Learn about 100 years of Native American boarding school history in Oregon. This is an in-person program.
Masks are recommended at all in-person library events.
This presentation will cover over 100 years of boarding school history and experiences. It will begin with the reasoning behind the founding of the government-based schools in the late 1800s, followed by a discussion of the changes and transitions these schools made that encompassed multiple generations of Native youth. The presentation will be a blending of both historical fact and oral storytelling.
Content warning: There will be empathy-based scenarios, vivid photography, and imagery, as well as a short video interview that includes the personal story of a boarding school survivor.
Gabriann says, "When I speak about boarding schools, it comes from the heart as my grandmother Marilyn Mitchell Hall was a survivor of Canyonville Bible Academy in Oregon and Haskell Indian School in Lawrence, Kansas. It is important for me to explain the intentions and the impacts, both short and long-term that these schools had on our families, tribes, and communities. I also strive to honor the memories of all the strong, resilient Native people who were forced into these schools and tell their stories with respect and gratitude."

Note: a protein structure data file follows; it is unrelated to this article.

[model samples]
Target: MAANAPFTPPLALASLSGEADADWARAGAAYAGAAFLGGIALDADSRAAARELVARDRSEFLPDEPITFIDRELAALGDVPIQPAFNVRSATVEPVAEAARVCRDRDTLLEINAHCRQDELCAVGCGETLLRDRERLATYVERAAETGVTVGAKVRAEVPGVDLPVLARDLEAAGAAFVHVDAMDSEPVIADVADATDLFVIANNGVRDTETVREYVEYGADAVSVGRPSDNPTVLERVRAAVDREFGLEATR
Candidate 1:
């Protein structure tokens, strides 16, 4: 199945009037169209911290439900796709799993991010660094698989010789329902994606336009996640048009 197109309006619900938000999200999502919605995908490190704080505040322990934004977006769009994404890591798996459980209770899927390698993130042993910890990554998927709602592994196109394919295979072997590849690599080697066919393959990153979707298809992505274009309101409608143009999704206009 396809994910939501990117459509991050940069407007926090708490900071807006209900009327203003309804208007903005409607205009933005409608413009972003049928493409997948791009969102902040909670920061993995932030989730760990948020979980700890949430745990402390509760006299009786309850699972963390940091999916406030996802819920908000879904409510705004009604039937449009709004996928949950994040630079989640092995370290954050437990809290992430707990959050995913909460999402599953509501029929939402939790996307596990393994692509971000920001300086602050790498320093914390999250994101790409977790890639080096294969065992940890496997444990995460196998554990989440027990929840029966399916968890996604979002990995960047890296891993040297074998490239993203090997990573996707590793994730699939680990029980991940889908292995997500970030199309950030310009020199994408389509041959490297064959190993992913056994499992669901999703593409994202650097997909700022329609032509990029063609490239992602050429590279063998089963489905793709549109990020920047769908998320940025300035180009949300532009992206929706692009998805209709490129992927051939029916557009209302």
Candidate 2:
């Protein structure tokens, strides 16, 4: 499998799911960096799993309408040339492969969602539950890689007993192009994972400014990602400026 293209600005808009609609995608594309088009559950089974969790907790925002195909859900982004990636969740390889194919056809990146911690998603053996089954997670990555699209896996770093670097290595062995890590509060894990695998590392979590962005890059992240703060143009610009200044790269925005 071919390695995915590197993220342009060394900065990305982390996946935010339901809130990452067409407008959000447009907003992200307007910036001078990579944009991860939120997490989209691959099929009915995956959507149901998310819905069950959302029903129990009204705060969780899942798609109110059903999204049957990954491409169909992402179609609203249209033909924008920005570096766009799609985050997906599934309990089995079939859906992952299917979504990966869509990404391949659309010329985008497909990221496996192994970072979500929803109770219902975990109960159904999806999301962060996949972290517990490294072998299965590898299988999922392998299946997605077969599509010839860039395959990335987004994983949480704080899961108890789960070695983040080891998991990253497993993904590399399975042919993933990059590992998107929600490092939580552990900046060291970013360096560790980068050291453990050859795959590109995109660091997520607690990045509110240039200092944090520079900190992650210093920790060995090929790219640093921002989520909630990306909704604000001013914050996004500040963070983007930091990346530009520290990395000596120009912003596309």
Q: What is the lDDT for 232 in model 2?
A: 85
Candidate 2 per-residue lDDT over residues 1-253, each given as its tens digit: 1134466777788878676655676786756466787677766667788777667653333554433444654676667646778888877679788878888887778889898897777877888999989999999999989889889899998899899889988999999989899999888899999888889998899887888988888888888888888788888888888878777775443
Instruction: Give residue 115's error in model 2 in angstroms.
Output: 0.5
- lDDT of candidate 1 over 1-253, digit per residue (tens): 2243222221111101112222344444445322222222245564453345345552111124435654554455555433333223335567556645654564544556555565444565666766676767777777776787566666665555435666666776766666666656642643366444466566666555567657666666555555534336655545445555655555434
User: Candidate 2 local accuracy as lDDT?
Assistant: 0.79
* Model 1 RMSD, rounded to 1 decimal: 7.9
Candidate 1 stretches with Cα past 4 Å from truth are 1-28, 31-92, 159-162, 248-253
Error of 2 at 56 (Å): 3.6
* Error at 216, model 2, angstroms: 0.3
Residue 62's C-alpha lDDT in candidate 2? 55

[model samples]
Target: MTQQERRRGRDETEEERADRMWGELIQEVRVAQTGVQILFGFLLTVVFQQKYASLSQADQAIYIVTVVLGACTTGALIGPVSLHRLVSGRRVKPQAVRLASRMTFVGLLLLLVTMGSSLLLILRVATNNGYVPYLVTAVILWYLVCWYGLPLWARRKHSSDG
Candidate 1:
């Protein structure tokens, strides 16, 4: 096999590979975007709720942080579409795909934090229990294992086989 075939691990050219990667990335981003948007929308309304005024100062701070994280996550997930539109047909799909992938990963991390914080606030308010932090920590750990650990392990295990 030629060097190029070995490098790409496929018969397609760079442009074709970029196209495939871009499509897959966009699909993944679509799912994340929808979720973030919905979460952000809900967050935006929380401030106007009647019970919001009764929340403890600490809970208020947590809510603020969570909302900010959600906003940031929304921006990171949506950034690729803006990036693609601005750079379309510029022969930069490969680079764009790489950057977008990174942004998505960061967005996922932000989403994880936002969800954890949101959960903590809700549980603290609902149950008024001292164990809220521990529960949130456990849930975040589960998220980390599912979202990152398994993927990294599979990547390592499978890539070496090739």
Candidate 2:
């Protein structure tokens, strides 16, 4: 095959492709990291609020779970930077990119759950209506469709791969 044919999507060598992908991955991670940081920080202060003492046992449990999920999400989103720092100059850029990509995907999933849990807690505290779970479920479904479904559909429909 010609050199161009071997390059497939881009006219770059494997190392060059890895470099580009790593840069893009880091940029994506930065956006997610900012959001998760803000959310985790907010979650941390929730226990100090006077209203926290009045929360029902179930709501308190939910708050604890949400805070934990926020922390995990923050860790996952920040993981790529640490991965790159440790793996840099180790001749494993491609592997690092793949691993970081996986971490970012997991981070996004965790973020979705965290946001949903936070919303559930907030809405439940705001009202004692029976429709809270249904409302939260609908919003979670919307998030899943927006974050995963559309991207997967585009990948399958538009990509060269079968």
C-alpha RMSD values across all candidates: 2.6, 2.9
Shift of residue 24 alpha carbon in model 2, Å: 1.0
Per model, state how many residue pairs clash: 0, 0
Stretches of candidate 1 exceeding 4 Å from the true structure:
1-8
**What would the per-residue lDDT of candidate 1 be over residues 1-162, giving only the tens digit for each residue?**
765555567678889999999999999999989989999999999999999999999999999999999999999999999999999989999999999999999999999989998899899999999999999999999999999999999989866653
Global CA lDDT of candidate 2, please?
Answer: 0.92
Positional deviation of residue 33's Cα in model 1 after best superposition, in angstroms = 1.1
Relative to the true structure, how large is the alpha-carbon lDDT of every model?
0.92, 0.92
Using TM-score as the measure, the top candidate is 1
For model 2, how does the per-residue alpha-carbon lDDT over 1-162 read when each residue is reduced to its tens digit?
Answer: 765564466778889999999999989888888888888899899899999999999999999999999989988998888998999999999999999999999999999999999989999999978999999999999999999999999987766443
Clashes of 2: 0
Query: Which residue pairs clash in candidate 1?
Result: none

Gabriann "Abby" Hall is an enrolled member of the Klamath Tribes. She was born and raised in the Fort Klamath Valley and attended school in Chiloquin, Oregon. She then went to Oregon State University, where she received a Bachelor of Science in Ethnic Studies, a Master of Arts in Interdisciplinary Studies, and later a Master of Arts in Teaching. She currently teaches Ethnic Studies and Native Studies at Central Oregon Community College. Teaching diverse history is a passion of hers. She believes that understanding the impacts of the past on the present is instrumental to successfully navigating the world today.